Denise Duffield-Thomas: Yeah, but you know what? I think sometimes we think, especially as women, if I’m not into this 100% every single day, then I don’t deserve to make money from it. The truth is, every business, every job, is going to have some boring bits, some parts where you feel resistance, but there’s almost this guilt that, well, I can’t make money out of it if sometimes I don’t like it or if sometimes I find it a little bit boring. But it’s that longevity that we’re looking for and always looking to where we can make it more enjoyable for ourselves.
Samantha Leith: Like playing dress up.
Denise Duffield-Thomas: Yes, babe. Honestly. I think sometimes we lose our creative mojo.
Samantha Leith: Totally, totally.
Denise Duffield-Thomas: I think you and I were both in that place where we met each other and said, “Let’s do something fun together,” because we were stuck in our homes. You were-
Samantha Leith: It’s month three of the 4,000th lockdown.
Denise Duffield-Thomas: It was tax time.
Samantha Leith: Oh, my God!
Denise Duffield-Thomas: I was procrastinating writing a book. I messaged you and said, “Let’s do a money show,” and we’re like, “Oh,
Samantha Leith: And next thing you know, we’re online shopping like mads.
Denise Duffield-Thomas: We had our whole costume … the whole show’s costume in two weeks.
Samantha Leith: Before we’d created the show. But we will.
Denise Duffield-Thomas: We will.
Samantha Leith: We promise.
Denise Duffield-Thomas: Well, this is it!
Samantha Leith: We’ve started.
Denise Duffield-Thomas: We started.
Samantha Leith: It’s like losing our virginity.
Denise Duffield-Thomas: Exactly.
Samantha Leith: Again.
Denise Duffield-Thomas: Exactly.
Samantha Leith: With a friend.
Denise Duffield-Thomas: Yes, exactly, exactly. But I think that thing of success though is, it does grow and change over time and you have to be okay with that. Your business has to grow with you. It’s okay to renegotiate things. It’s okay to change things up. You’re always looking for less friction, more joy and pleasure.
Samantha Leith: I think one of the things for me was honesty about success rather than thinking, “Oh, that’s what someone else said would be amazing and success, so I must want that because they look really happy.”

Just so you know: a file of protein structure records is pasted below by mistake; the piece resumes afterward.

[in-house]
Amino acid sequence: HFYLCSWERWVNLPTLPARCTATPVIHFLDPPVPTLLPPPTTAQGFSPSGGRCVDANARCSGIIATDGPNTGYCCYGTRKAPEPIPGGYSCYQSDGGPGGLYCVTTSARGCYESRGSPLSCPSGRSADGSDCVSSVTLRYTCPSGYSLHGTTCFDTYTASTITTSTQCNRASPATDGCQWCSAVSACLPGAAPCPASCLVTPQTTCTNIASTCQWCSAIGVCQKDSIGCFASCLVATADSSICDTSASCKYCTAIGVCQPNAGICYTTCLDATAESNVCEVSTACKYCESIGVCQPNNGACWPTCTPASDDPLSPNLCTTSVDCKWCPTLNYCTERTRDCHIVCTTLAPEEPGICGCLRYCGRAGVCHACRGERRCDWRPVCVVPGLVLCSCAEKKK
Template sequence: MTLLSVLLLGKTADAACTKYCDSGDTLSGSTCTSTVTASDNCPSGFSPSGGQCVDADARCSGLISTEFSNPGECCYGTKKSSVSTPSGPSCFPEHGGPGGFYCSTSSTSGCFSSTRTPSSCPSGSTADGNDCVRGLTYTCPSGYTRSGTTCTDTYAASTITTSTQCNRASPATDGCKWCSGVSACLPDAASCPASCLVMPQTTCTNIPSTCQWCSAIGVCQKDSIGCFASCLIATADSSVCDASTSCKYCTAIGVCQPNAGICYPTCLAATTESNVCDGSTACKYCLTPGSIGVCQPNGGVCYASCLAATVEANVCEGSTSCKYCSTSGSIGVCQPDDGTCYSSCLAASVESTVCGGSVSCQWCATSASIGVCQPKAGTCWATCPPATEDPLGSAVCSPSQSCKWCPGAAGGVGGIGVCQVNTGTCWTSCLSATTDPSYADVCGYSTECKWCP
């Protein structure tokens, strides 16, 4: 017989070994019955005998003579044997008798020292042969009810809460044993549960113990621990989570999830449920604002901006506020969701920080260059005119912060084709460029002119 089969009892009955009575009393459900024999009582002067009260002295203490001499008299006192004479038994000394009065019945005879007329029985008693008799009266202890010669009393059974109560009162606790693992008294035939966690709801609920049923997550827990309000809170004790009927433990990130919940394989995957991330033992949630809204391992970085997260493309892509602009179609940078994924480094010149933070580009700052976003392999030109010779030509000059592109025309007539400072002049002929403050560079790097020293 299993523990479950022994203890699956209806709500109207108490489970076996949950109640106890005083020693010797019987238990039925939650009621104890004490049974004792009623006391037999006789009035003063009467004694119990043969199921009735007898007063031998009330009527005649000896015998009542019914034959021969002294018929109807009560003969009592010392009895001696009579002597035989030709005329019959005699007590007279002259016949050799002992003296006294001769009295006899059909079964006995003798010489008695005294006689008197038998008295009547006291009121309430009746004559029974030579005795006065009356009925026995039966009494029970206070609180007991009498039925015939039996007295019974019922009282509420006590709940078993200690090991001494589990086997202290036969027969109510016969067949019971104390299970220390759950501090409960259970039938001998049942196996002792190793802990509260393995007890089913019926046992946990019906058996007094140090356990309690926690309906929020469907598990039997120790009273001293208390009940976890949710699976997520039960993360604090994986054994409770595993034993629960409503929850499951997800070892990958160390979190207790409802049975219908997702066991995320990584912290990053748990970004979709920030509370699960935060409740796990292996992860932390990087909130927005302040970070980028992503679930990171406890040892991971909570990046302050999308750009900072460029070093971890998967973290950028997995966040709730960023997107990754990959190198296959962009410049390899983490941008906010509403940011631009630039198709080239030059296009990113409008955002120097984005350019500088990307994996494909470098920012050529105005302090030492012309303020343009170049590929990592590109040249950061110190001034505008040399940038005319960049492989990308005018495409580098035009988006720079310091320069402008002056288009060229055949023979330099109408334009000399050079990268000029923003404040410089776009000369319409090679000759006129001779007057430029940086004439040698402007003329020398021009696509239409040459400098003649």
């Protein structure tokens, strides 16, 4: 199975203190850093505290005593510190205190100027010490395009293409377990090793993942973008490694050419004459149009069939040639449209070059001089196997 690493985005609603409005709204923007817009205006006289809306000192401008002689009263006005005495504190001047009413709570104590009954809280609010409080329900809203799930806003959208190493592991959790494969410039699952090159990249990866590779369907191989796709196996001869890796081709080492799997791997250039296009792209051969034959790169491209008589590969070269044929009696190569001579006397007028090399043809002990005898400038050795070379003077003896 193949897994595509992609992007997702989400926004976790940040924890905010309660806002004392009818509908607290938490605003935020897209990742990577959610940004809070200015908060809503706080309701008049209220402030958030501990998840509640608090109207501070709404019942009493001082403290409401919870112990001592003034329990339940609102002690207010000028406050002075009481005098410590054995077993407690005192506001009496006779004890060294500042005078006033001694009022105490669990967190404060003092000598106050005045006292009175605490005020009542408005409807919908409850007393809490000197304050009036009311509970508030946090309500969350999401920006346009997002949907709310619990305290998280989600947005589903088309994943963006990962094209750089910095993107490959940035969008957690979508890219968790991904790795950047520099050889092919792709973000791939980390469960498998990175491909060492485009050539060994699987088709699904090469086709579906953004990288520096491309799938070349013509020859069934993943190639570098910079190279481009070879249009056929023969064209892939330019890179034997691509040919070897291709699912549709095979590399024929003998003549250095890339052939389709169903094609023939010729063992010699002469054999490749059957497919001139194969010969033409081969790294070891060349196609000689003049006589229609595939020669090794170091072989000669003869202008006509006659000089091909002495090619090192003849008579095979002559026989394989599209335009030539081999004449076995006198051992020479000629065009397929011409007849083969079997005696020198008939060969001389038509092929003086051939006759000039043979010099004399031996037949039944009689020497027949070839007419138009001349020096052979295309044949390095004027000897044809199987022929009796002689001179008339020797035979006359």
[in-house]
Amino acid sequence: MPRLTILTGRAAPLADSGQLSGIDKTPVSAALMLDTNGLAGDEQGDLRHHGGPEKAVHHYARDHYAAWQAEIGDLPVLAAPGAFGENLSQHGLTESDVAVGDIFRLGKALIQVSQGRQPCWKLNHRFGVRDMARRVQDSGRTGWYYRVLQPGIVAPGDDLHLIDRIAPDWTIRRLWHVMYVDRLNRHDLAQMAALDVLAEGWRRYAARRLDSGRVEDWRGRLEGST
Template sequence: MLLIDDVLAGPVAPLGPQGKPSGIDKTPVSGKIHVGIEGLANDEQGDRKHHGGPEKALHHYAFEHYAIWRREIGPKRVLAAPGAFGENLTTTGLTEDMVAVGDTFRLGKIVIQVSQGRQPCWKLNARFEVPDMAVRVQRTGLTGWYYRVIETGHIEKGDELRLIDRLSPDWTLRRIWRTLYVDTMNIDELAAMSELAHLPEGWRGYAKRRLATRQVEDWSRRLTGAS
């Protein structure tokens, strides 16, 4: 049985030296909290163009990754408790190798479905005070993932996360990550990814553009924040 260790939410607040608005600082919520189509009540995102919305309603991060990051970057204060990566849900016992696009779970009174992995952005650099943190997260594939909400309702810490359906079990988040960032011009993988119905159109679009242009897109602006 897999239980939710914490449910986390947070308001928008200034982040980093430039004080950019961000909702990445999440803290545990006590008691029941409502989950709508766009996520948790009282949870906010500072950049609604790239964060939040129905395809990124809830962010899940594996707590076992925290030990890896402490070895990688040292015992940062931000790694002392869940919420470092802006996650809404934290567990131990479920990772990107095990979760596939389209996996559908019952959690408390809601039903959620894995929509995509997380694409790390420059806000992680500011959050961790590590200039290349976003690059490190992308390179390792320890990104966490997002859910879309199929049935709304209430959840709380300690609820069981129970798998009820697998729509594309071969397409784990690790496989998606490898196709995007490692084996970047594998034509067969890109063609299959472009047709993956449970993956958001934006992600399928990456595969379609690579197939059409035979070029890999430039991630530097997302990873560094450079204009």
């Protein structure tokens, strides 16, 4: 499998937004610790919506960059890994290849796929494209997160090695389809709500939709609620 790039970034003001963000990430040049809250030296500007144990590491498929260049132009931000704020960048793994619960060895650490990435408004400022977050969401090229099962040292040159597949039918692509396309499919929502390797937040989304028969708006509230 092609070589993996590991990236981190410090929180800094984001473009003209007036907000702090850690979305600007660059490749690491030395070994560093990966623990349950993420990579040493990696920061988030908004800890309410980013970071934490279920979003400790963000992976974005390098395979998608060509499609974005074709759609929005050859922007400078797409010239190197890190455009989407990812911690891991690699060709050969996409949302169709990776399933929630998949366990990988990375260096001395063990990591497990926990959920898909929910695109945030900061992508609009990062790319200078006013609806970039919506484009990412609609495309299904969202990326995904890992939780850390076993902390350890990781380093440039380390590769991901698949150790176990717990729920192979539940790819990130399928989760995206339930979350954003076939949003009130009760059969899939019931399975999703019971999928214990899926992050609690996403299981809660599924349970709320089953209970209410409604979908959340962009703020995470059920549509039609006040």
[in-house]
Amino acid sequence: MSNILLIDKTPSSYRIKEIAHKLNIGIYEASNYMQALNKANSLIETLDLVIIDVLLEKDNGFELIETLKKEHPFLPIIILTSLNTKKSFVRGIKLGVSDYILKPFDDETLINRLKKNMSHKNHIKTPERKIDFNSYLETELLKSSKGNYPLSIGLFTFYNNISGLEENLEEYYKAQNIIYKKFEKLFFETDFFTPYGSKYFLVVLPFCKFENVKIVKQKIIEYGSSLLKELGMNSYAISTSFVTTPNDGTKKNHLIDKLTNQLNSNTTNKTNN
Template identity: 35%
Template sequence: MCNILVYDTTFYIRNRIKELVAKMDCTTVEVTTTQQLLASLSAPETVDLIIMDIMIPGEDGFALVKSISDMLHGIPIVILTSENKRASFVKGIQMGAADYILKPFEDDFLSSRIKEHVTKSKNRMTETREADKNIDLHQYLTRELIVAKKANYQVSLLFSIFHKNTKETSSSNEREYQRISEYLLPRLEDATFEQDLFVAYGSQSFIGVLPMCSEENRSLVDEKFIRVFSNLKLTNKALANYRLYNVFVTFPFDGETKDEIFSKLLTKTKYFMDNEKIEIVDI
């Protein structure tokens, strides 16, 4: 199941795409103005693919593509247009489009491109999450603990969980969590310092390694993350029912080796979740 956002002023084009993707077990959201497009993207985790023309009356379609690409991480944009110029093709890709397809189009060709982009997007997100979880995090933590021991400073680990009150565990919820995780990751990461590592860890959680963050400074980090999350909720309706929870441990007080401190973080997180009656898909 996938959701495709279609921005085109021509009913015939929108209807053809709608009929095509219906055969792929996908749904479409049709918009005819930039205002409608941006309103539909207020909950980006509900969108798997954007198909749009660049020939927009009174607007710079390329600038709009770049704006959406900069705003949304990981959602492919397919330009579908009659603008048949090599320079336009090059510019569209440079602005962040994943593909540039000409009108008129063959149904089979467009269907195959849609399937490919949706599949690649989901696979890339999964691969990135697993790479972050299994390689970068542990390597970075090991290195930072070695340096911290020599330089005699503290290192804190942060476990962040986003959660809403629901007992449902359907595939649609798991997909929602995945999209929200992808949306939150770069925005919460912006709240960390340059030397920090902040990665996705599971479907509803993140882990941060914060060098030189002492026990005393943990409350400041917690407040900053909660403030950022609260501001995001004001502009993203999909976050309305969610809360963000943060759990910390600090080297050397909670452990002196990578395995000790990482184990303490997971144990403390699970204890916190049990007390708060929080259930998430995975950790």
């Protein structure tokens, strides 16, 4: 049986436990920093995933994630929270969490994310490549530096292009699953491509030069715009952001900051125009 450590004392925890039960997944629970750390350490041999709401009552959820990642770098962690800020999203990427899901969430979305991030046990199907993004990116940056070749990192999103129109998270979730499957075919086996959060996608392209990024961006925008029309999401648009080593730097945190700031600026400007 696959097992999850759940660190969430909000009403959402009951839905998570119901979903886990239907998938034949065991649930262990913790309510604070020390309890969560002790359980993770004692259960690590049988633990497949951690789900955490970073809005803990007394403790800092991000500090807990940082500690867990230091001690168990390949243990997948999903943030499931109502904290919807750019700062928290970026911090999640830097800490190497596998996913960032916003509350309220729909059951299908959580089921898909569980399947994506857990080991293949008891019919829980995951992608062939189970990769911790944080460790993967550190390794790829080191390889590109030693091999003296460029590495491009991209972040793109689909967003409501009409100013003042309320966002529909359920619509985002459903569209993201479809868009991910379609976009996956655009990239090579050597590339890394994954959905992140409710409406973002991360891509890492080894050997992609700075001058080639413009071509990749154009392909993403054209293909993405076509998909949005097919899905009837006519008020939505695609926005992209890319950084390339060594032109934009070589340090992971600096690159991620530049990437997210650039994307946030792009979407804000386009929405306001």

I did honestly one day have a vision board, oh this is tragic, with a photo that I’d really badly done before Canva. I’d cut out a picture of my face and done insert picture on a Microsoft Word document with someone else getting out of a private jet with me coming. I didn’t even look like the person, but it had my face. I don’t want a private jet. But I thought, “Oh my God, they look happy. That’s what I should want.” Ding.
Denise Duffield-Thomas: Well, I remember about 10 years ago Googling wealthy woman and it was all private jets and it was all models, all wearing bodycon dresses and very high heels on private jets. There was no nuance to what that would look like. But then if you Google wealthy men or rich men, they look all different.
Samantha Leith: You’re right.
Denise Duffield-Thomas: Yeah.
Samantha Leith: Yeah. Rich women have to be perfect.
Denise Duffield-Thomas: Well, yes.
Samantha Leith: Isn’t that shite?
Denise Duffield-Thomas: That’s crap.
Samantha Leith: I’m not perfect. You’re not perfect. Sorry.
Denise Duffield-Thomas: No.
Samantha Leith: Sorry, you’re not perfect.
Denise Duffield-Thomas: Oh well, I’m a Virgo. I am kind of perfect. We’re seeing Mary Poppins tonight, practically perfect.
Samantha Leith: Practically perfect in every way.
Denise Duffield-Thomas: Exactly. I think so many people think success has to look one way for us to be deserving of putting ourselves out there, deserving of the money. Men just don’t think that same way. Men can be old and young and wealthy. They can wear fancy suits or hoodies and be wealthy. They can be short, tall, thin, fat. They’re allowed to be a lot of different things. They usually have to be white.
Samantha Leith: Yeah, exactly.